For scientists studying a threatened species, transcendent experiences in nature are among the rewards of the job. Tyler Rudolph, a Canadian wildlife ecologist who has studied caribou for more than a decade, will never forget one of his earliest encounters with these magnificent animals. It was 2004, and he was surveying an important woodland caribou calving area, northwestern Ontario’s Trout Lake Conservation Reserve. Each year, female caribou travel to the secluded islands of this freshwater archipelago to give birth and rear their young.
Traveling by boat with an assistant on their way back to camp, Rudolph remembers, “we saw something moving in the water ahead. As we got closer, we realized there were four caribou” crossing a channel between two islands. “I turned off the motor, and we watched in wonder as they swam across our bow.” One by one, the enormous, graceful animals bounded up onto the shore and then disappeared into the woods. “We were thrilled,” Rudolph says. “It was really a gift for us to have experienced this.”
Growing up in Manitoba, Rudolph developed a passion for the outdoors, landing a job as a tree planter in northwest Ontario after graduating from high school. “It was very hard work, but I was happy to be outside every day and experiencing the beauty and wonder of nature firsthand,” he says. That job led him to study forestry as a college undergraduate.
His first real taste of studying caribou came after university when he began work as an intern at Ontario’s Woodland Caribou Provincial Park. Within two years he had surveyed dozens of island environments used by the animals to raise their young. “A little light bulb started to come on,” says Rudolph. As he proceeded to analyze the data and read more scientific papers about caribou and forest dynamics, he discovered he had an affinity for the research.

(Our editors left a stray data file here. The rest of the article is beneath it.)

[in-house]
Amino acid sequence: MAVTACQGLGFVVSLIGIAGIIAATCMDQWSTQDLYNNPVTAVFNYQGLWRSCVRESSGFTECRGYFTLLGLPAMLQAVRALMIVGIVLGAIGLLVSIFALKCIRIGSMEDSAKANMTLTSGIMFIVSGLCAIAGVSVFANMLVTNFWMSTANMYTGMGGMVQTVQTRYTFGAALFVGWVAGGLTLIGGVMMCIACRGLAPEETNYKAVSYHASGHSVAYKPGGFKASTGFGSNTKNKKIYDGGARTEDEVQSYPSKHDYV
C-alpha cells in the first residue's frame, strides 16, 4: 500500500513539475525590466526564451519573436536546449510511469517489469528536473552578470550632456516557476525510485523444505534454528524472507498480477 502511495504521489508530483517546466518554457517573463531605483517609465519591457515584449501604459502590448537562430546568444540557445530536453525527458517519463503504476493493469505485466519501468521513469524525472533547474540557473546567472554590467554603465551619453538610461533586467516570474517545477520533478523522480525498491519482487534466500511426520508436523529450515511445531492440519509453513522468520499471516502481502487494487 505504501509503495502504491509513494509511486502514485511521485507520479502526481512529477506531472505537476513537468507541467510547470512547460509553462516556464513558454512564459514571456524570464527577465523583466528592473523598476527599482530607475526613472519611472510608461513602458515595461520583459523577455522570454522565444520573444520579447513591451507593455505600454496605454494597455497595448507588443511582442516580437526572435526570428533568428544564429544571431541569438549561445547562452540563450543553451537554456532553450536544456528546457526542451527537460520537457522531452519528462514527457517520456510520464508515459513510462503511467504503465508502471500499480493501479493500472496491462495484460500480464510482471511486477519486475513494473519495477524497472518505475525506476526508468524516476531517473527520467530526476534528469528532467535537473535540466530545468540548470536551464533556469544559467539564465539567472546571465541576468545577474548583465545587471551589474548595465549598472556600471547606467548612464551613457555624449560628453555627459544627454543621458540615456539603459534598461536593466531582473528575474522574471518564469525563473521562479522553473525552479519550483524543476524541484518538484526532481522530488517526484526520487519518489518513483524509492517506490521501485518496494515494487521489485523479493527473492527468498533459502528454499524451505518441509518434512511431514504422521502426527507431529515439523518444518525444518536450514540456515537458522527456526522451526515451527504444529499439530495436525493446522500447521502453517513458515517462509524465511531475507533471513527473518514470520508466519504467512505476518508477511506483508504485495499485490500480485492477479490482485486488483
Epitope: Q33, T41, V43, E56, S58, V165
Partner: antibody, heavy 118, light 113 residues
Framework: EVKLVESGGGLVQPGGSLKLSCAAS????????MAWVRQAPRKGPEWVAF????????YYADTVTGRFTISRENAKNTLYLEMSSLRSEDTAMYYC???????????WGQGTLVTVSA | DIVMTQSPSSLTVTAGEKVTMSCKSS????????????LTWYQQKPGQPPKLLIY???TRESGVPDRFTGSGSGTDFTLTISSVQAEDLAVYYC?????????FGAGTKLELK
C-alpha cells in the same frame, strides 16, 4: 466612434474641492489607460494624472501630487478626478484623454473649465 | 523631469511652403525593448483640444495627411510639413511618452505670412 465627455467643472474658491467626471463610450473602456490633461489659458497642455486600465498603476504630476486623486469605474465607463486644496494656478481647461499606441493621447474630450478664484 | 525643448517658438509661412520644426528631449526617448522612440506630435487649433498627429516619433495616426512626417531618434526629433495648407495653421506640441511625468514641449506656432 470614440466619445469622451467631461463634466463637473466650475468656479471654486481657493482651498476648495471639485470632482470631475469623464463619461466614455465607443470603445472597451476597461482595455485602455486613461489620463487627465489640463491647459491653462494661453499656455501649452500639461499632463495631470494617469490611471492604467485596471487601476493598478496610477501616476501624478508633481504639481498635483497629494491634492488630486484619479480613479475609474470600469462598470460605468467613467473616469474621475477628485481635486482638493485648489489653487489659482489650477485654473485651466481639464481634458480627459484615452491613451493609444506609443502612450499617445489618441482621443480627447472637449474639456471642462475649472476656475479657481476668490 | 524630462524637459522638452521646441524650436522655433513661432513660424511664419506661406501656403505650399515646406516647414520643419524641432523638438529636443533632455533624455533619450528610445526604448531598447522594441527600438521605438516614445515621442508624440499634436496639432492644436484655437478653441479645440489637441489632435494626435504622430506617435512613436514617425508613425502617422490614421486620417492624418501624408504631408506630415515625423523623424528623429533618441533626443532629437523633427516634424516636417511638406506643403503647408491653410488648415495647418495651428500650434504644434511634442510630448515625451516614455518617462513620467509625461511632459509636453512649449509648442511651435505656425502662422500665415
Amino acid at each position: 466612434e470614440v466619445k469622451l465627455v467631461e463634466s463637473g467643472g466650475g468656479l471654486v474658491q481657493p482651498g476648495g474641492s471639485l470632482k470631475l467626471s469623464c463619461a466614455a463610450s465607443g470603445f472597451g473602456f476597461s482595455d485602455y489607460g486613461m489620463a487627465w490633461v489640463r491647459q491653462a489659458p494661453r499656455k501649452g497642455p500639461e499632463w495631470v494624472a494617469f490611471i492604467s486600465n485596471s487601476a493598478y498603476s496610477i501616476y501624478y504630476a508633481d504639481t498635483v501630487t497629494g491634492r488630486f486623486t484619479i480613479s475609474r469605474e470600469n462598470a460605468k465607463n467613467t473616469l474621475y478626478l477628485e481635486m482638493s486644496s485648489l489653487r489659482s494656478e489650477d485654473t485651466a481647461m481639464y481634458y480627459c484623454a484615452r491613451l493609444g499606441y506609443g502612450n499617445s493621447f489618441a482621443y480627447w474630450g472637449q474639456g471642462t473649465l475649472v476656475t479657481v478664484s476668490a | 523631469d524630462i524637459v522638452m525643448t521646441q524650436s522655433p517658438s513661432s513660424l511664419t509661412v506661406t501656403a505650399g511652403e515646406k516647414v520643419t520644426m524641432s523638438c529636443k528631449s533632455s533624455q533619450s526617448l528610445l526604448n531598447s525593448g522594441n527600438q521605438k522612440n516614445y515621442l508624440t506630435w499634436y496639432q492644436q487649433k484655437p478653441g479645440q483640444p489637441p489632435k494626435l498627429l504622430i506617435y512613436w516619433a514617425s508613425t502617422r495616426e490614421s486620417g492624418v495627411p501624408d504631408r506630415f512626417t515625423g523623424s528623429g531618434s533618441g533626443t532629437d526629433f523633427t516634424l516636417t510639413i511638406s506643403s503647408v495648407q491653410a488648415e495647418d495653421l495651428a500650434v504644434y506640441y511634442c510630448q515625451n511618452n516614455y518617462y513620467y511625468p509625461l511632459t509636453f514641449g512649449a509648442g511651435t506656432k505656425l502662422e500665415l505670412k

So he made caribou the focus of his master of science degree in wildlife ecology at the University of Quebec in Montreal, the city where he lives today. “It wasn’t until my second year into my master’s degree that I thought about the funny coincidence that my last name is Rudolph and I was studying caribou,” he says with a laugh.
Rudolph’s work focuses on boreal caribou, which live across Canada’s Boreal Shield Ecozone and rely on vast stretches of forest for their survival. They are elusive and highly sensitive to disturbances on the landscape, which makes them especially vulnerable to the growing presence of industrial activity—namely logging and oil and gas extraction. Boreal caribou now occupy just half of their historical Canadian habitat, according to a report by the Canadian Parks and Wilderness Society. The animals are listed as threatened under Canada’s Species at Risk Act, and a 2012 scientific assessment by the government agency Environment Canada found that 37 of the nation’s 51 populations of boreal caribou had fallen below sustainable levels. The reason: habitat loss and fragmentation.
Rudolph readily admits that studying a rapidly disappearing and famously shy animal is a tricky proposition. “We call them phantoms of the forest,” he says. “They are very difficult to spot in nature because they’re so reclusive, and they’re very well camouflaged.” As a result, Rudolph became a skilled tracker looking for clues in the landscape. The most obvious one is trails. “If there's an area where they frequent, then you’re going to start to see well-worn paths pretty quickly,” he says. Caribou also have noticeable sleeping spots. “You can see where they have bedded down; you find their hair there, and sometimes you’ll find antler sheds.” Another clue is, of course, scat. “They eat a lot of lichen so it’s rather sweet smelling—not offensive at all.”